The example embodiment of the dam 155 b of FIG. 1B may include a segmented ballast base support system that may be configured on, around, or over unstable ground in a manner providing for a precast access ramp 115 b that may be implemented to connect opposite embankments of the waterway through which the dam is located. The segmented precast support system may further allow for a fish ladder (or fishway) 119 b to pass through or down the structure surrounding the dam system so as to enable fish to pass around the barrier to the waters on the other side of the dam. The precast access ramps may interconnect an access road 121 b that may be constructed on location using precast segmental system. Details of the segmented ballast base support structure are described further in pending U.S. patent application Ser. No. 12/658,608 filed on Feb. 9, 2010, entitled “Segmented Ballast Base Support Structure and Rail and Trolley Structures for Unstable Ground” by William L. French, Sr. The entire teachings of which are incorporated herein by reference.

The precast segmented support structure system and method may be used to incorporate a precast guard rail 117 b, precast spillway with buttress wall 116 b, precast curb 114 b, splash wall 113 b, or public or private walkway 112 b, and any or all of which may be surrounded by or laid on top of an uneven or unstable ground structure, such as grass, mud, slanted ground, etc.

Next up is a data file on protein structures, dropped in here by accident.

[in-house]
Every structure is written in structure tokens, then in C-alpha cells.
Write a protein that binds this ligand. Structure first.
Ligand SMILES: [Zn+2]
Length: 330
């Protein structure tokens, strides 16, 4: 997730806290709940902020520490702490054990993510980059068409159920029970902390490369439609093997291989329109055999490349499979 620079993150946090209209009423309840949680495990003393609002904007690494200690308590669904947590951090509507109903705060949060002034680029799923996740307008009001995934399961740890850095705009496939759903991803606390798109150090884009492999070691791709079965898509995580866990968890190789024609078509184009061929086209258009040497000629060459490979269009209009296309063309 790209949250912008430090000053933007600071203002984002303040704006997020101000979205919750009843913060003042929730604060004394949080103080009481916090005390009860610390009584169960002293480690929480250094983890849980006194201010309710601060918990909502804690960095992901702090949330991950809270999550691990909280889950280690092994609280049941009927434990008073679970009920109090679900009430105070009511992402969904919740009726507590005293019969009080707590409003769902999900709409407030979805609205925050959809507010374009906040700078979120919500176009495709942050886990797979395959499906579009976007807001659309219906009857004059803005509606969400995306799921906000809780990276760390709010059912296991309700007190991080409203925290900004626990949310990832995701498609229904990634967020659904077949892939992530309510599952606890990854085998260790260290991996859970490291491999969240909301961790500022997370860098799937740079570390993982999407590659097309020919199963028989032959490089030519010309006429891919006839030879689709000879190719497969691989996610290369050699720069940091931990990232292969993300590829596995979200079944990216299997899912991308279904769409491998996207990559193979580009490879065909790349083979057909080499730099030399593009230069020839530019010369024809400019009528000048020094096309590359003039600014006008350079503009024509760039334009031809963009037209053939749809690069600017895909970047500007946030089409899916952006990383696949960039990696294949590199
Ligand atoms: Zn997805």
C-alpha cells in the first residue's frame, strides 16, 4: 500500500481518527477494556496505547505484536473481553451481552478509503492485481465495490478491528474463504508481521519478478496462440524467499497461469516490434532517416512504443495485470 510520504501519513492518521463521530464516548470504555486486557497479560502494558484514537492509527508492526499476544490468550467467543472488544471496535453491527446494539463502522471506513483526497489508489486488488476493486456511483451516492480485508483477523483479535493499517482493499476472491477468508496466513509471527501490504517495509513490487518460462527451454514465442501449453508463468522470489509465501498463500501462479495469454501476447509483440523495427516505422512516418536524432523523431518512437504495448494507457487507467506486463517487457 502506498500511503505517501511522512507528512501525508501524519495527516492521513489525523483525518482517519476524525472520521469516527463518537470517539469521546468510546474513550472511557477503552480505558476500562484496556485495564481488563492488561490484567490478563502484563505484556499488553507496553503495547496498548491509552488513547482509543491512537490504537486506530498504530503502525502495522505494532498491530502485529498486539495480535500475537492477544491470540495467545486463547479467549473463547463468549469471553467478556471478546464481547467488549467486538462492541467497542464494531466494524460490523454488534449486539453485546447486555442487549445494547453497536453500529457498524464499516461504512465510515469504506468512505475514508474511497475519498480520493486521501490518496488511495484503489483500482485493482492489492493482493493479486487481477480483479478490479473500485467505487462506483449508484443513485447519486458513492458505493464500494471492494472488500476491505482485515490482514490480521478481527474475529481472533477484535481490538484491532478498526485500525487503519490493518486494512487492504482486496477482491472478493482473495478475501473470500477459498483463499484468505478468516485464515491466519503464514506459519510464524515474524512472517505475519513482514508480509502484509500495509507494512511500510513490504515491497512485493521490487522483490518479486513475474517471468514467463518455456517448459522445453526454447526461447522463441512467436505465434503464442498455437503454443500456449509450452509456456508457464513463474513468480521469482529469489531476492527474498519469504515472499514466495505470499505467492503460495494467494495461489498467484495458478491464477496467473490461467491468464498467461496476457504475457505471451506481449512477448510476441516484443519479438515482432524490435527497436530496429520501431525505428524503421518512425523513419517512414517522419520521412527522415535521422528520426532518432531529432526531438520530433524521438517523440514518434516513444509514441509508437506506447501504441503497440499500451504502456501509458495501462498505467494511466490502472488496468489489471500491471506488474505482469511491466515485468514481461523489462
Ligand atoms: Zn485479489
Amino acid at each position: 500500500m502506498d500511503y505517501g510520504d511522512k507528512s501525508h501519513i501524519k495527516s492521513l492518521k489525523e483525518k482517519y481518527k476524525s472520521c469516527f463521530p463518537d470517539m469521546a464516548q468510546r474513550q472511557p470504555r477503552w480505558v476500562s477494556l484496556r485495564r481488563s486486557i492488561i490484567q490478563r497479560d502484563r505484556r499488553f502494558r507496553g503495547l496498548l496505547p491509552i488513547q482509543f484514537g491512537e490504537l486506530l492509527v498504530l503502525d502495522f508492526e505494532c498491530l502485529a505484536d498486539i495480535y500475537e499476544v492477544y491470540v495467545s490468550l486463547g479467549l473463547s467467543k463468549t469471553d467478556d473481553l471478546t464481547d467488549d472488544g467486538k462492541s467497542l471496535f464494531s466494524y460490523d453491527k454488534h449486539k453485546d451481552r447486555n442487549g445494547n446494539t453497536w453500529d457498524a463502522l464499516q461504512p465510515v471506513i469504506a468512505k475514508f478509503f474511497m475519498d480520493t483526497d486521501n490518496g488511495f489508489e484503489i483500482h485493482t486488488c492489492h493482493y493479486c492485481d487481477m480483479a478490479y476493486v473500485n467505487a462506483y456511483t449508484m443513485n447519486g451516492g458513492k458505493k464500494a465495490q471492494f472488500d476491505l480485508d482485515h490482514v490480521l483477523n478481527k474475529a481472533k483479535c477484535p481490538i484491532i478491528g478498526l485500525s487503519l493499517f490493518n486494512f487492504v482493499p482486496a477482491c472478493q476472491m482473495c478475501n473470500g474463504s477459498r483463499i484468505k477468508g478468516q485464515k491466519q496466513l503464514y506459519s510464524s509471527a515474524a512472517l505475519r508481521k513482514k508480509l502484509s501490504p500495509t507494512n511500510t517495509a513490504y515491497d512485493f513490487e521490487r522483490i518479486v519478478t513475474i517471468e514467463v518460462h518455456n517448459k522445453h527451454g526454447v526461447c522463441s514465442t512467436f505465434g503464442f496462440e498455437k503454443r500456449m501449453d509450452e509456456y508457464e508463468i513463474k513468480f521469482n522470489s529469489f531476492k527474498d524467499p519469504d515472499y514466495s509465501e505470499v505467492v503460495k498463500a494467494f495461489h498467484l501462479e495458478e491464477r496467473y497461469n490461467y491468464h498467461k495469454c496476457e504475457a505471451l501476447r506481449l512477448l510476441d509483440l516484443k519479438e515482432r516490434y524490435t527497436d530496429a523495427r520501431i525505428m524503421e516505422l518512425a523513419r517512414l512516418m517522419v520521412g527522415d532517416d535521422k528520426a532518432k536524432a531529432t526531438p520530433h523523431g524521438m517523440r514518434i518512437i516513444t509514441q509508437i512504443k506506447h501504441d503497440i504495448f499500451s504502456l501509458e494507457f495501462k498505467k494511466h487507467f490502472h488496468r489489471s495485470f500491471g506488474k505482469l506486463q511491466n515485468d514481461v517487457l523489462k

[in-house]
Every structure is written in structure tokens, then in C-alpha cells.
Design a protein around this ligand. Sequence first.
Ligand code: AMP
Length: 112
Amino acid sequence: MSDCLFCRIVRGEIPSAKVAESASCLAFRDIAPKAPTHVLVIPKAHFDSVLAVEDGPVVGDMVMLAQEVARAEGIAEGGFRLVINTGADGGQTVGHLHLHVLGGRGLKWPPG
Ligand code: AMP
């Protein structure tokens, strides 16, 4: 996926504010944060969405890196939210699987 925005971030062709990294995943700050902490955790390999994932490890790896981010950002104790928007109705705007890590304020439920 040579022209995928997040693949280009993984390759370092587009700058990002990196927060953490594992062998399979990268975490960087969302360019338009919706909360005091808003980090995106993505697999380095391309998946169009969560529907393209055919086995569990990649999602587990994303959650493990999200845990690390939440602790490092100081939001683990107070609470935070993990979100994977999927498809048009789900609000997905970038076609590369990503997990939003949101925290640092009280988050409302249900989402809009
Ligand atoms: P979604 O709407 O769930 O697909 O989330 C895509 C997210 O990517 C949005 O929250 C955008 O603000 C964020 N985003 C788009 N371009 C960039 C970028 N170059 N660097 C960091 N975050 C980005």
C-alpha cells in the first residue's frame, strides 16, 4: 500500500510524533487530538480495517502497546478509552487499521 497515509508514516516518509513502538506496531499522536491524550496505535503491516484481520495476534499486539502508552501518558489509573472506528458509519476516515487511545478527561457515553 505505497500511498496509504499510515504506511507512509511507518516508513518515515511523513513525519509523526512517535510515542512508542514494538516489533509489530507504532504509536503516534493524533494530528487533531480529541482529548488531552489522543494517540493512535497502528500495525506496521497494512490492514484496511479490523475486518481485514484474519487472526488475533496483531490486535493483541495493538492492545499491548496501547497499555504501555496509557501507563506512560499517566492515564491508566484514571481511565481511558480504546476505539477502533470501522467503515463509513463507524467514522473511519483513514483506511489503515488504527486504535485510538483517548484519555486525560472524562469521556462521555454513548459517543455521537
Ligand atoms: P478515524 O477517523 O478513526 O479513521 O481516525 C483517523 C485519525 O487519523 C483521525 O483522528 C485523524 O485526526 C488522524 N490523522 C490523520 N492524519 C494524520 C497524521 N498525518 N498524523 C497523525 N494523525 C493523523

FIG. 2A is a mechanical diagram 200 a of multiple segmental precast dam components arranged together to form a composite of the segmental dam 205 a-1 . . . 4. FIG. 2A illustrates the waterflow 208 a to a dam formed of the precast segments 205 a-1 . . . 4. The precast segments 205 a-1 . . . 4 may be interlocked in any way understood in the art, such as through composite component structures precast into the cement, affixed into the precast cement, or otherwise understood in the art, including elements coupled to the precast structures after the precast structures have been formed. A mechanical knob, lever, or other device (not shown) may be provided with the collective or component structure(s) to raise and lower turbines or other rotational elements in the dam to accommodate the height of water flowing therethrough. Further, mechanical elements may be provided to raise and lower gates associated with the collective dam or components thereof such that the height of water flowing into or out of the dam may be controlled mechanically. It should be understood that automated electrical raising and lowering of the rotational elements or gates may also be employed, where sensors and activation elements, such as linear or rotational motors and motion support assemblies, may also be employed. It should be understood that any electronics or mechanical elements may be sufficiently protected against the elements, particularly in the environment of water and water-related elements.